Summary - How much profit a business makes from its operations (i.e. its operating income) is a key metric that investors use when evaluating a company as a potential investment opportunity. Another way to think about operating income is as an indirect measure of how efficient a business is. The higher the operating income, the more profitable a company's core business will be.
Operating income can fluctuate for a variety of reasons (e.g. pricing strategies, raw material costs, and labor costs). However because these items are directly related to the daily operations of the company, they are considered a measure of how flexible and competent a company's management is, particularly during difficult economic times.
Investment analysts like to look at operating income because it is considered to be one of the Generally Accepted Accounting Principles (GAAP), which means that operating income is not subject to accounting adjustments.
Since interest and taxes (which are not included in the operating income formula) will vary depending on a company and the sector in which it operates, stripping these variables away gives an investor a standard performance measurement which is useful when comparing companies who are in the same industry but who have different capital structures or tax implications. One limitation of operating income is that it is typically only realistic for comparing companies within the same industry. This is due to labor and material costs that may vary widely from sector to sector. Because of this what may seem like a low operating income may be considered normal or even high for a given industry.
Profit is central to the success of a business. Of the many profitability measurements available to investors operating income is considered to be one of the most critical. Operating income (which in many cases is the same as Earnings Before Interest and Taxes (EBIT), tells investors how much profit a company makes from its operations after deducting operating expenses. In this article, we'll define what operating income is along with the formula for calculating operating income. We'll also contrast operating income with EBIT and EBITDA including an example of an income statement that clearly shows the difference in all three. We'll conclude by briefly showing how net operating income (NOI) applies to real estate investments and review the limitations of operating income.
What is operating income?
Operating income is the amount of profit a business realizes from its operations after deducting operating expenses. Operating income tells investors how much of a company's revenue should become profit.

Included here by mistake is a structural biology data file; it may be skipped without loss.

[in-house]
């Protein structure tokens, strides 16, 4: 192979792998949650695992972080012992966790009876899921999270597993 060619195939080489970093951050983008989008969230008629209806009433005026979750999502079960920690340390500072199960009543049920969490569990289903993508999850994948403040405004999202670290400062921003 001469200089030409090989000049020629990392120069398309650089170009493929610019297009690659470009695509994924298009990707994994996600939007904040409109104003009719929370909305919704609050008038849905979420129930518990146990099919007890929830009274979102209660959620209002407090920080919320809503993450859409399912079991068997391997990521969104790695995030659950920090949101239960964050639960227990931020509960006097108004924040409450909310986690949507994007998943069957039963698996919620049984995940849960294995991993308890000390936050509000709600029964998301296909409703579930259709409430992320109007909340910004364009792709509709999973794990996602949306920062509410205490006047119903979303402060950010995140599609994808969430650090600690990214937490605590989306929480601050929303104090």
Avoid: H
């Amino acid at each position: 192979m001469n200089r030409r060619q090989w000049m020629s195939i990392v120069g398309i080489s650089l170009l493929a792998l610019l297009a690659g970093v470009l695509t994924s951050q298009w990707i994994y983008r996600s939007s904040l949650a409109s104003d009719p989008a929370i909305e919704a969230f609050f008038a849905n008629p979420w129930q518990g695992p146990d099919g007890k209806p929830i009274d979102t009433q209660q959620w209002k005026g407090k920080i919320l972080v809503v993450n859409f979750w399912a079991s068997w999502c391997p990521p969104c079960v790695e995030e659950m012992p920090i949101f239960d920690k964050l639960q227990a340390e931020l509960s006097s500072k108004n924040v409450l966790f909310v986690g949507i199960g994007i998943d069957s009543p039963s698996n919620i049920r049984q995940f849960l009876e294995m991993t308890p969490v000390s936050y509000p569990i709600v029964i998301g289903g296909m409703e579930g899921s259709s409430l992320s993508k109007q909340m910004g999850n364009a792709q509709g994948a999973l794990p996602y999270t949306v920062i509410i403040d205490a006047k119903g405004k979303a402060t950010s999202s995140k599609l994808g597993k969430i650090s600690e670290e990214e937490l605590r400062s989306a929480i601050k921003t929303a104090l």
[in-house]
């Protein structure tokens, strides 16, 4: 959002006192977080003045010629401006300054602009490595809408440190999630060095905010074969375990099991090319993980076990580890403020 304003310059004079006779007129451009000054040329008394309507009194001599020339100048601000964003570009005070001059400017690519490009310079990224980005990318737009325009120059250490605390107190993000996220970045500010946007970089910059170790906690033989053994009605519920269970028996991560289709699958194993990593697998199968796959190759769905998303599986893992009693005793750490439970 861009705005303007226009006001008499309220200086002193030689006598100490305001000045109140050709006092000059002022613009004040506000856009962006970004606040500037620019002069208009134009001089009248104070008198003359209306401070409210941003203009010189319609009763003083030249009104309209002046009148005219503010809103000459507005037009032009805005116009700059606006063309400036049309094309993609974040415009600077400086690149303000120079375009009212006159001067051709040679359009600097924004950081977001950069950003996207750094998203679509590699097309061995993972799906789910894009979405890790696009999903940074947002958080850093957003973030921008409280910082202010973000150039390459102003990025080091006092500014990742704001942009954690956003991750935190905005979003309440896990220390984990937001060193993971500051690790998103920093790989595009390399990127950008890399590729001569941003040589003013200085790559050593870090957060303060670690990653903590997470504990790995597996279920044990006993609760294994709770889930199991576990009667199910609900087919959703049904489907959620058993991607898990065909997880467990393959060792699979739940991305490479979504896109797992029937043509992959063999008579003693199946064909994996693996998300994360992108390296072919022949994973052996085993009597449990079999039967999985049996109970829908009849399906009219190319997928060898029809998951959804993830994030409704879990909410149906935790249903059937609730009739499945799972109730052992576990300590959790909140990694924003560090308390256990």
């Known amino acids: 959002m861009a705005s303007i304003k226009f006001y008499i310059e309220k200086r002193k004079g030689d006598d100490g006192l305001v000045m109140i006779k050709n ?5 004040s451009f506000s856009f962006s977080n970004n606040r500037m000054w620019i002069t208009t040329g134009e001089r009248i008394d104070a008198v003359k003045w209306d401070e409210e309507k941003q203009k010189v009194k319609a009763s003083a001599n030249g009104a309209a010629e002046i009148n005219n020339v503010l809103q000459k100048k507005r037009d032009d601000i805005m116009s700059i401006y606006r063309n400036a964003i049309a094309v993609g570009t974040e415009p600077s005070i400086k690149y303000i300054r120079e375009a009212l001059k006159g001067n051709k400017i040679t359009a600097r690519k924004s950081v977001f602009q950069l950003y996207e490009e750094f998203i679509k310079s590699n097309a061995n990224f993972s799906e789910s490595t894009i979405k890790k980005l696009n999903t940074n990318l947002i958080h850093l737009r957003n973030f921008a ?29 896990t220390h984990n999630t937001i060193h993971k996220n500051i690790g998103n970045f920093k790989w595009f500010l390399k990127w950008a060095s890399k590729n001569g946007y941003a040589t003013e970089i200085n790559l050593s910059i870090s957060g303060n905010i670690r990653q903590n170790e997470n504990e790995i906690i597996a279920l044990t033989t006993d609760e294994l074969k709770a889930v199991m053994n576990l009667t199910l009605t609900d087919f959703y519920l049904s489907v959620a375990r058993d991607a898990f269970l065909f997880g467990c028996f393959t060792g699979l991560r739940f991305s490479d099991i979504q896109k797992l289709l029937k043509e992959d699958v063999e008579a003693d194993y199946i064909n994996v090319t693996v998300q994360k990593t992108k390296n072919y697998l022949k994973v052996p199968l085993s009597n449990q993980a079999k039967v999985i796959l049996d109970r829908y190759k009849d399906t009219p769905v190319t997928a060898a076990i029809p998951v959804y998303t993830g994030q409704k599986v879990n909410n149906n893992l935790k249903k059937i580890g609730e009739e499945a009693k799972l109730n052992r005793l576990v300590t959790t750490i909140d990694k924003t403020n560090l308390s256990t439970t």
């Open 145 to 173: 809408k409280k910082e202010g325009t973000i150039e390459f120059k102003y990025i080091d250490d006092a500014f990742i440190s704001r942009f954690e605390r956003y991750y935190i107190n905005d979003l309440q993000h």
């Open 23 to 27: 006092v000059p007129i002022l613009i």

To understand operating income and how it is different from other profitability measurements (such as EBIT and EBITDA) it's important to understand what income and expenses are included in this calculation.
Operating income typically excludes items such as interest expenses, nonrecurring items (legal judgments, accounting adjustments or one-time transactions) and any other items that may appear on a company's income statement that are not directly related to a company's core business operations. In many cases, operating income and EBIT will be the same.
Some examples of operating expenses include the cost of goods sold (COGS), wages, depreciation, and amortization. Operating expenses are generally divided into two categories: direct costs and indirect costs. Direct costs include:
- Direct materials and supplies that go into the manufacturing process (spare parts, raw materials, manufacturing supplies)
- Direct labor – those employed to directly manufacture a product (e.g. machine operators, assembly-line operators)
- Power and water consumption that is related to the production process
- Cost of merchandise
- Commissions or professional fees
Indirect costs include:
- Salaries and related benefits of production managers and quality assurance staff
- Maintenance costs and depreciation expense of factor equipment
- Rent of factory facility
- Utilities not directly involved in the manufacturing or purchase of goods
- Insurance and amortizations
- Marketing and advertising costs
- Travel expenses
Operating income is an official measure that is consistent with General Accepted Accounting Principles (GAAP) that a company lists on financial statements such as their income statement and balance sheet. Operating income is used, along with revenue, to calculate the operating margin of a business (i.e. how much profit they earn for every dollar in sales).
What is the operating income formula?
To calculate operating income a business starts with their gross income (i.e. total revenue minus COGS). From this number, they will deduct all other operating expenses. Three formulas can be used to calculate operating income:
- Operating Income = Total Revenue – Direct Costs – Indirect Costs
- Operating Income = Gross Profit – Operating Expenses – Depreciation – Amortization
- Operating Income = Net Earnings + Interest Expense + Taxes
These formulas illustrate the difference between revenue and gross profit. Revenue (which is also called net sales) is the amount of cash a business receives from the sale of goods and services. It excludes any merchandise that is returned and any allowances or discounts. Gross income is the amount of revenue that remains after a business deducts the cost of goods sold (COGS) and any sales that are returned + allowances and discounts.
How is operating income different from Earnings Before Interest and Taxes (EBIT)?